SUNLAND PARK, New Mexico (Border Report) – With Texas’ sixth-largest city right across the state line, Sunland Park expects to cash in big when New Mexico’s recreational marijuana law goes into effect this spring.
“This has the potential of doubling the revenues for the city of Sunland Park,” Mayor Javier Perea said. That translates to $7 million. “One unique part about the city is obviously the location. Being right next to two states, Texas and Chihuahua (Mexico) […] We have a metroplex of over 2 million people. That’s more than the entire population of the state of New Mexico.”
New Mexico last June legalized recreational cannabis activities, green-lighting retail sales beginning next April. State officials say recreational sales could reach $300 million in the first year.
Texas has no such law but there’s nothing stopping West Texas residents from coming over to buy or consume. Already, hundreds of El Paso residents drive to Sunland Park on Sundays to purchase liquor due to Texas liquor stores being closed that day.
In preparation for the traffic, Sunland Park this month approved the second of two ordinances to regulate where and when businesses and individuals with a state license can sell cannabis products.
First, licensees must pay a business registration fee to the city. Stores can sell cannabis products for consumption off-premises only between 7 a.m. and midnight Monday through Saturday, and 8 a.m. to midnight on Sunday. In-store consumption areas may operate from 7 a.m. to 2 a.m.
The city banned cannabis retailers from manufacturing areas but allows them to operate virtually everywhere else outside residential areas, school zones, daycare centers and other well-defined gathering places.
“The state is really the one that dictates all that, but we can enforce our codes and ensure public safety,” Perea said.
The smoking of cannabis in public is prohibited, except in designated consumption areas, per the ordinances. Cannabis cultivation and production for personal use cannot be visible from a public right of way, and marijuana consumers are responsible for preventing theft or use by anyone who’s not 21 years of age.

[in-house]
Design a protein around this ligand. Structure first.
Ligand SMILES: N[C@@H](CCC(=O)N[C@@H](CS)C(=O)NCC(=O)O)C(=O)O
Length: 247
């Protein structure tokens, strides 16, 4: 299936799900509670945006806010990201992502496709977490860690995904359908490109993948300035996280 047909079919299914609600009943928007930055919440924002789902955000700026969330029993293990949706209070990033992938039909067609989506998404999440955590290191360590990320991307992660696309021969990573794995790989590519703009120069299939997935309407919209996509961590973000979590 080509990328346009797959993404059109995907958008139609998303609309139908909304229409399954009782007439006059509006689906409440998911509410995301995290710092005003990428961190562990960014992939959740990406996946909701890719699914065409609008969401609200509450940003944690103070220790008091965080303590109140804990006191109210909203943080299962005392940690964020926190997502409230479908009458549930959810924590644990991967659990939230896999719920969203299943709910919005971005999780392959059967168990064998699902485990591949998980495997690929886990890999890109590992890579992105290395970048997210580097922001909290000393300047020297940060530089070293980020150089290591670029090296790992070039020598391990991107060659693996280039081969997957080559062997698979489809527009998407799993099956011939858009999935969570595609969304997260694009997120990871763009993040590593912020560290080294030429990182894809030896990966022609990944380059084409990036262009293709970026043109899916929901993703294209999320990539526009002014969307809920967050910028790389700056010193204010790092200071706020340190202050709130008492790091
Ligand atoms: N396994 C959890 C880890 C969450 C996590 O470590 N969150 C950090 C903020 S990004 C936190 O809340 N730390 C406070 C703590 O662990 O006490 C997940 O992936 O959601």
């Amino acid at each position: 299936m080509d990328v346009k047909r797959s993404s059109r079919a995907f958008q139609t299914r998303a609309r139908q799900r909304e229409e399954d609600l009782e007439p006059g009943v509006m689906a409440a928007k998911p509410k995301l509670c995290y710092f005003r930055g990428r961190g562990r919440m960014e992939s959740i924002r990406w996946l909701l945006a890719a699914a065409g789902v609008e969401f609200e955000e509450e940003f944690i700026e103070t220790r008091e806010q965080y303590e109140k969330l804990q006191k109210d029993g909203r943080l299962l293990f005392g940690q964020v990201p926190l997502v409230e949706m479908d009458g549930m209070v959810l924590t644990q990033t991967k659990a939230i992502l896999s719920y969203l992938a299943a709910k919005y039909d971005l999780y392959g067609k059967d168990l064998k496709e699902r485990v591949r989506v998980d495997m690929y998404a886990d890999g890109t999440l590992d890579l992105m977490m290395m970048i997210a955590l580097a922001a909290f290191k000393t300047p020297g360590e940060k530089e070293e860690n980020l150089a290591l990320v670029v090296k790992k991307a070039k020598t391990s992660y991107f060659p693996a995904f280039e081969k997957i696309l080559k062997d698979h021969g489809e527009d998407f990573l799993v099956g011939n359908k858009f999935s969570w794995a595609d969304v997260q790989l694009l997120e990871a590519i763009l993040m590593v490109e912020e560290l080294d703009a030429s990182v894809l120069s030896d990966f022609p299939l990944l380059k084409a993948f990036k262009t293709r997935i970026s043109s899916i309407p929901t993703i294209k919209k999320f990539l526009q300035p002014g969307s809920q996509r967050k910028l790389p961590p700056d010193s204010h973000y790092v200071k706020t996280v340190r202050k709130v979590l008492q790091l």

Individuals can grow up to six plants at home or a maximum of 12 per household with two or more adults over 21 years old.
Ordinances provide fines and community service for those 21 years and older who possess more than 2 ounces of cannabis, 16 grams of extract or 800 milligrams of edible cannabis in public. Adults who obtain cannabis at an establishment and then try to sell it or barter on their own are subject to a $500 fine and/or 90 days in jail.
“This being a new industry, we don’t know exactly what to expect. But there’s always concerns when you have a lot more people coming into the community you have to have more police protection for everyone,” the mayor said. “There’s also concerns of people driving under the influence. These are the things we’re trying to balance […] and I know the state will be looking very closely at what happens in Sunland Park.”
The city’s goal is integrating cannabis retailers to existing economic development areas “where people are going to have food and drinks as well,” Perea said.
That includes the entertainment district anchored by Sunland Park Racetrack and Casino, the arts district around Ardovino’s restaurant, the medical district around Country Club Road and McNutt, and the south side business corridor running along McNutt Road – which is essentially Sunland Park’s main street.
Perea could not immediately provide the number of cannabis businesses that will be operating in Sunland Park. Statewide, 290 applications had been submitted as of mid-January and 30 were fully approved. The state also renewed licenses for 34 existing medical cannabis producers.
Residents of this overwhelmingly Hispanic community appeared split on marijuana sales.
“If young people are going to (consume it) anyway, it’s better that they do so at home. I don’t think crime is going to increase as long as they don’t go out on the streets” under the influence, said resident Ramon Valencia.
But Elizabeth Arzaga said too many young people in her community are already doing drugs. “They can get out of control, or it can affect their health,” she said, adding she fear teens will lie about their age and others could start selling without a license.
Perea said most of those who attended public hearings last year were supportive.
“People realize it’s not something we can control necessarily at our level or be able to stop it or prevent it from happening in certain areas,” he said.